How the town hall presidential debate works

Can Trump turn things around at the second debate?
Can Trump turn things around at the second debate?

Presidential debates are unpredictable enough with just two candidates and a moderator. And this Sunday's will add questions from a live audience of undecided voters on top of that.

The upcoming presidential debate between Hillary Clinton and Donald Trump will be a town-hall format, which means half the questions will come from uncommitted voters in the debate hall, while the other half will be influenced by voters' concerns on social media.

Related: How to watch the second presidential debate on CNN

The town-hall participants were selected and screened by Gallup, the research and polling organization, but it's the moderators -- CNN's Anderson Cooper and ABC's Martha Raddatz -- who will choose which of those participants get to ask their questions.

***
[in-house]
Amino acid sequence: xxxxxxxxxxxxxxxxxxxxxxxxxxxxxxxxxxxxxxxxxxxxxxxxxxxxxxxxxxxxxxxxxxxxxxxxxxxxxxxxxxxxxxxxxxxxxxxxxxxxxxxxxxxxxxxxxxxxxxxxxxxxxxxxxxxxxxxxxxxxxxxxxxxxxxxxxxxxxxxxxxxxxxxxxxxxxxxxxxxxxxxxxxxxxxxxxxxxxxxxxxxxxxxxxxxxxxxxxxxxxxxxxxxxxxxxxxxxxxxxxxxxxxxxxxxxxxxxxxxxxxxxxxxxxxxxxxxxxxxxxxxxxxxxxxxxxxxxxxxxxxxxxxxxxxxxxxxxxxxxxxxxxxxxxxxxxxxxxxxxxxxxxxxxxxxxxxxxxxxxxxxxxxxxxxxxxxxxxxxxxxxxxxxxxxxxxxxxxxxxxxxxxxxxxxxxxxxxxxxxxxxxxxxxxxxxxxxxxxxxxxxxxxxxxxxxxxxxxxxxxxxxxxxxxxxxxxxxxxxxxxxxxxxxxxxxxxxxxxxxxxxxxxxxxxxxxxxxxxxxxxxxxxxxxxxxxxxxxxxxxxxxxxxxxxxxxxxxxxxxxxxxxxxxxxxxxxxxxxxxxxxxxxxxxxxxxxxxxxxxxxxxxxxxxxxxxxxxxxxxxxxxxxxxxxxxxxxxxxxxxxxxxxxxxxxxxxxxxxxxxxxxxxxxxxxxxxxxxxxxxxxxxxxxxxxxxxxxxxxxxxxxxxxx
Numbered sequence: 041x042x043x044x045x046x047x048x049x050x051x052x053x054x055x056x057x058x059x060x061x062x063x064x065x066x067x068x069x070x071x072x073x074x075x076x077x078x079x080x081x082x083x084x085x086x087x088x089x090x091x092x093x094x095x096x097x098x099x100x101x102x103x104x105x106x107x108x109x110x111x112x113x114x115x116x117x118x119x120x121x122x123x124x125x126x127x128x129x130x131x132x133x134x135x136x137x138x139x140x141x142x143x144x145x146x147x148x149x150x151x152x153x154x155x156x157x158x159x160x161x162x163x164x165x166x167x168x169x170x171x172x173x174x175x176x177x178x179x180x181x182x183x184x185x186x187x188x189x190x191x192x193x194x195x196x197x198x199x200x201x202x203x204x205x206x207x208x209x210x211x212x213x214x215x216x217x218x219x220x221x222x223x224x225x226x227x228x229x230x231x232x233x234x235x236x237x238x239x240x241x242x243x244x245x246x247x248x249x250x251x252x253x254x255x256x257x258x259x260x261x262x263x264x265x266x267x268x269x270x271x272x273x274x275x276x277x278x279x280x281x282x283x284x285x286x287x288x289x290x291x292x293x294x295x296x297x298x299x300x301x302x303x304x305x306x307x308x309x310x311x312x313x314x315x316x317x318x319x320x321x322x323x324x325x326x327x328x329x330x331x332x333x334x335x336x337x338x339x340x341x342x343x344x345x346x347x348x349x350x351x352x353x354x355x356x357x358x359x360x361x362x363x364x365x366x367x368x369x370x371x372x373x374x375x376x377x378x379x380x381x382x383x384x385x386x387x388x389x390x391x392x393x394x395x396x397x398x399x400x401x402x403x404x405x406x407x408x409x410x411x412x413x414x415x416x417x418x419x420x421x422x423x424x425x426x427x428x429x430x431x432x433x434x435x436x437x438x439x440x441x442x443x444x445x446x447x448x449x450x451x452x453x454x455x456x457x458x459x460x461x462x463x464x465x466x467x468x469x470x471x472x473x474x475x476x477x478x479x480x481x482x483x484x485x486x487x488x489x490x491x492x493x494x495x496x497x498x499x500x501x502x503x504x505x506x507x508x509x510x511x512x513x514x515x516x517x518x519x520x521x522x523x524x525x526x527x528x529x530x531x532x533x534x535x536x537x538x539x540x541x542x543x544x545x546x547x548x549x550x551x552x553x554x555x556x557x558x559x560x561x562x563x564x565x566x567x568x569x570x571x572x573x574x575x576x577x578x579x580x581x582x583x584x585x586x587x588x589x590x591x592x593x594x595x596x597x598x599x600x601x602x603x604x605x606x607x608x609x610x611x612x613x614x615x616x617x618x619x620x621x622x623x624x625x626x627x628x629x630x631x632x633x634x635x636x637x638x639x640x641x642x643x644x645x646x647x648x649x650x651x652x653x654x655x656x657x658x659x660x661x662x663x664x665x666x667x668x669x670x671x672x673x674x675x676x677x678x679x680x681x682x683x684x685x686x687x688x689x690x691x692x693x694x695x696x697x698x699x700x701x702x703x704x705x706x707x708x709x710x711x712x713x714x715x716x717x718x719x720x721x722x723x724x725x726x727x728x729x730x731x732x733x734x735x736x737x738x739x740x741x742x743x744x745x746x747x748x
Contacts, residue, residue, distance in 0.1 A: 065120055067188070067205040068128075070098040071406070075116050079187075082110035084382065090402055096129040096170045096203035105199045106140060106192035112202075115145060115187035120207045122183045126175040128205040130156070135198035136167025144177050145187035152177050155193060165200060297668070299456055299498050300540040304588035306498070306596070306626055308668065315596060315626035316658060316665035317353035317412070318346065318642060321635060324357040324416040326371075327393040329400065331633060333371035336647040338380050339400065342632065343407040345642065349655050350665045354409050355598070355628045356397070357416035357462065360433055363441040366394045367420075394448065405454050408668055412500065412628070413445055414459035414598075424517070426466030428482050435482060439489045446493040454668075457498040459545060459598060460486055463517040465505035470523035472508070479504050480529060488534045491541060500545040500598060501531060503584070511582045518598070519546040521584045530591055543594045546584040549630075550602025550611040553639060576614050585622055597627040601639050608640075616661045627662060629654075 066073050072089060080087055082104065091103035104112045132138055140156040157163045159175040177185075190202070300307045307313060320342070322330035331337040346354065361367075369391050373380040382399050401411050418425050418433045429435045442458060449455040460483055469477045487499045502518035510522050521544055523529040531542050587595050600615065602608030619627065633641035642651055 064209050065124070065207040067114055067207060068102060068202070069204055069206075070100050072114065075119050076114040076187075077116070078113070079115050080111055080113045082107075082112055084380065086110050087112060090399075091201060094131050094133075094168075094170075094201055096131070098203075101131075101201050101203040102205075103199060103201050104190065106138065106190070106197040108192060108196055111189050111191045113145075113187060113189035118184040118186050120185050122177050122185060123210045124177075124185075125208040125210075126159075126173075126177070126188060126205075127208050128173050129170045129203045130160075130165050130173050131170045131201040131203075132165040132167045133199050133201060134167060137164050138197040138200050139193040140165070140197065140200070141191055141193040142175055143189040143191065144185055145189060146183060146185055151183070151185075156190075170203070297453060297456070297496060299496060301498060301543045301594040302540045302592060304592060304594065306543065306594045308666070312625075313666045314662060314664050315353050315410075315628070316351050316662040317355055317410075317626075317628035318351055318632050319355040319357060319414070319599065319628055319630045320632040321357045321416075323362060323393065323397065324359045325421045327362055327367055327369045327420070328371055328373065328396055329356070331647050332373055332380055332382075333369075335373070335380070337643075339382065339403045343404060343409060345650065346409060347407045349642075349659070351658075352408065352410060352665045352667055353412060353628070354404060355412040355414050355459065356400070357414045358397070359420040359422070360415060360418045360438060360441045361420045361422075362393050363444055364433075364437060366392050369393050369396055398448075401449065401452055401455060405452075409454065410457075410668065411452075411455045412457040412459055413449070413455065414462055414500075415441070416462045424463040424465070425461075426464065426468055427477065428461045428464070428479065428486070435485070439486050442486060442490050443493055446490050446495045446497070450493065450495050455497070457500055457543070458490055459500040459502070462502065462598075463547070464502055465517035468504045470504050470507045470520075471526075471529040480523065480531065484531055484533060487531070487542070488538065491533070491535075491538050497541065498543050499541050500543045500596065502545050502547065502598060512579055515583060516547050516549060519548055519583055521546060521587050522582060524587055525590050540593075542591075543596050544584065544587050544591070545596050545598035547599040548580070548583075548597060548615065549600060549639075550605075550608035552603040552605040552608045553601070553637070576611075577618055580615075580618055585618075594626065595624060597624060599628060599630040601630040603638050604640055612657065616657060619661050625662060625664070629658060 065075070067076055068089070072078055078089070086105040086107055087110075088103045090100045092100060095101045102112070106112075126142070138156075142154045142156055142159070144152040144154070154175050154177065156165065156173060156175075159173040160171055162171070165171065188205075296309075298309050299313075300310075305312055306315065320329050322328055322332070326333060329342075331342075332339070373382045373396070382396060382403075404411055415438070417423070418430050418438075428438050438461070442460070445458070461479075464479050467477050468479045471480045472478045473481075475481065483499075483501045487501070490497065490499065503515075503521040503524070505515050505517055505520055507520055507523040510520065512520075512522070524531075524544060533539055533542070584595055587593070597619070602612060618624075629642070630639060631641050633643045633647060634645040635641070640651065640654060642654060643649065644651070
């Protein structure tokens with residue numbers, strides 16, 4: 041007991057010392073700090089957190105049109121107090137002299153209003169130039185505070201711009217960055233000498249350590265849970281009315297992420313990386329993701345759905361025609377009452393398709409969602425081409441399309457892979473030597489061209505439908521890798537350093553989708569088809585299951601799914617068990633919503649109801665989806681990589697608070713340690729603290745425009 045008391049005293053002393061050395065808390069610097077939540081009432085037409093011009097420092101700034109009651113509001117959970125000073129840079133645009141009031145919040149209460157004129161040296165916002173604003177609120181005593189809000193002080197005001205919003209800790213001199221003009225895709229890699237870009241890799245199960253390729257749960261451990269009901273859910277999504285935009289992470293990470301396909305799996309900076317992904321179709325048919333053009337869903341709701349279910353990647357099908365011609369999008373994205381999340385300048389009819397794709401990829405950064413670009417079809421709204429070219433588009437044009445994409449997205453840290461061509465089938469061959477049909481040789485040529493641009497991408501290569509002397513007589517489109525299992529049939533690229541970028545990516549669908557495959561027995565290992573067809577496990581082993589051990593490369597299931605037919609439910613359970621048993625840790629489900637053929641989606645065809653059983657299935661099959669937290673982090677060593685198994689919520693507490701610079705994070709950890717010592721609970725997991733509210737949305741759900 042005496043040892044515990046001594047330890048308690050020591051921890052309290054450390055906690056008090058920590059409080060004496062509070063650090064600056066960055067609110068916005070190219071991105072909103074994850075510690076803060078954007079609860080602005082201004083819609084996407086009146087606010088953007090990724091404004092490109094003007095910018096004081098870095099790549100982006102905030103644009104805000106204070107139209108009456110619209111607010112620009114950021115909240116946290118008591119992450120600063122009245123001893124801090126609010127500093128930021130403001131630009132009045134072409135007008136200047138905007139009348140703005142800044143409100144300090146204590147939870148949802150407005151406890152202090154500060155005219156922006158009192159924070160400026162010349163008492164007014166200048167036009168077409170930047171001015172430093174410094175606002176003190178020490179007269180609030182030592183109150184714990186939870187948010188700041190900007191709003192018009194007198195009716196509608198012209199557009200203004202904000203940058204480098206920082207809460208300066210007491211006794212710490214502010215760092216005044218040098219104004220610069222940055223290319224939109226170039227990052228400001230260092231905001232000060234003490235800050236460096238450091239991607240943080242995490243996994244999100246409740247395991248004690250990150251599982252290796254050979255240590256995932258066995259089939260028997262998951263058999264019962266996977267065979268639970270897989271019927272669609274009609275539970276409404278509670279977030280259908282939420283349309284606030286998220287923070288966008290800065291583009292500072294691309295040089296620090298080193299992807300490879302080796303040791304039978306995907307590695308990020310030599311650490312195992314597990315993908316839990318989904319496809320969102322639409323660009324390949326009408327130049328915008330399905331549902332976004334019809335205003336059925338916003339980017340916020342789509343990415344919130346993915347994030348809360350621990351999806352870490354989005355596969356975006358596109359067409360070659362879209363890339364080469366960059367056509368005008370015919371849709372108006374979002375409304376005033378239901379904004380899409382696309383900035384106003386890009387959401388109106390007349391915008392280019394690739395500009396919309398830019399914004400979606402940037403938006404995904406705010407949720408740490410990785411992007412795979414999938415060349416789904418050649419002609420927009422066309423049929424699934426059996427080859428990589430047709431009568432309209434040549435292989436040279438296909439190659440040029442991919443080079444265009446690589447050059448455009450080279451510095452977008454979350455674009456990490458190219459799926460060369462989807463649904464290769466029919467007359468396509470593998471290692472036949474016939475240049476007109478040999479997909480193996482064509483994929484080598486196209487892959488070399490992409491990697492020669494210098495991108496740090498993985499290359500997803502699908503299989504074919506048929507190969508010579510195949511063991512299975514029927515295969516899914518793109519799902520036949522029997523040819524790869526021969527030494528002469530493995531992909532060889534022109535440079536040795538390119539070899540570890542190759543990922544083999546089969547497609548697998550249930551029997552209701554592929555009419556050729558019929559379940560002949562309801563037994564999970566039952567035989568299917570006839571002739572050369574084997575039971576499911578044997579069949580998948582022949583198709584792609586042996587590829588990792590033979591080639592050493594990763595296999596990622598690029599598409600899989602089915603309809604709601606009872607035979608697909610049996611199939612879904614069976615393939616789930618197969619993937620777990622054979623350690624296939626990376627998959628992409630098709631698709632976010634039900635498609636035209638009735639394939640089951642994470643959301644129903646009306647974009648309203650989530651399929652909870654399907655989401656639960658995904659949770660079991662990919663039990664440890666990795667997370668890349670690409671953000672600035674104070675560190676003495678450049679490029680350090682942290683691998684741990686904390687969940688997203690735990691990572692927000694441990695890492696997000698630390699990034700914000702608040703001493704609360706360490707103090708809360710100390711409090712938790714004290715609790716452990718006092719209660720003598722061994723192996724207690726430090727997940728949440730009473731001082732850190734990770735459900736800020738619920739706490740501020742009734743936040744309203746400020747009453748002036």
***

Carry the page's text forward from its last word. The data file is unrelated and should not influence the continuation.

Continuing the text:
Janet Brown, the executive director for the Commission on Presidential Debates, said the moderators would select the questions "with the goal of maximizing the number of topics covered." There will be 40 participants in the audience, she said, and time for roughly eight audience members to ask questions.

Beyond that, the debate will follow a familiar format: The candidates will each have two minutes to respond to a question and there will be an additional minute for the moderator to facilitate further discussion.

Cooper and Raddatz have been preparing for this debate for weeks, and both have taken time off from their usual on-air duties to meet with one another, research the candidates' records and decide on the questions that will be asked.

Both are experienced moderators. Cooper moderated multiple debates and forums during the 2016 primaries, and several CNN town halls. Raddatz, who was moderator of the 2012 vice presidential debate, co-moderated two primary debates this cycle.


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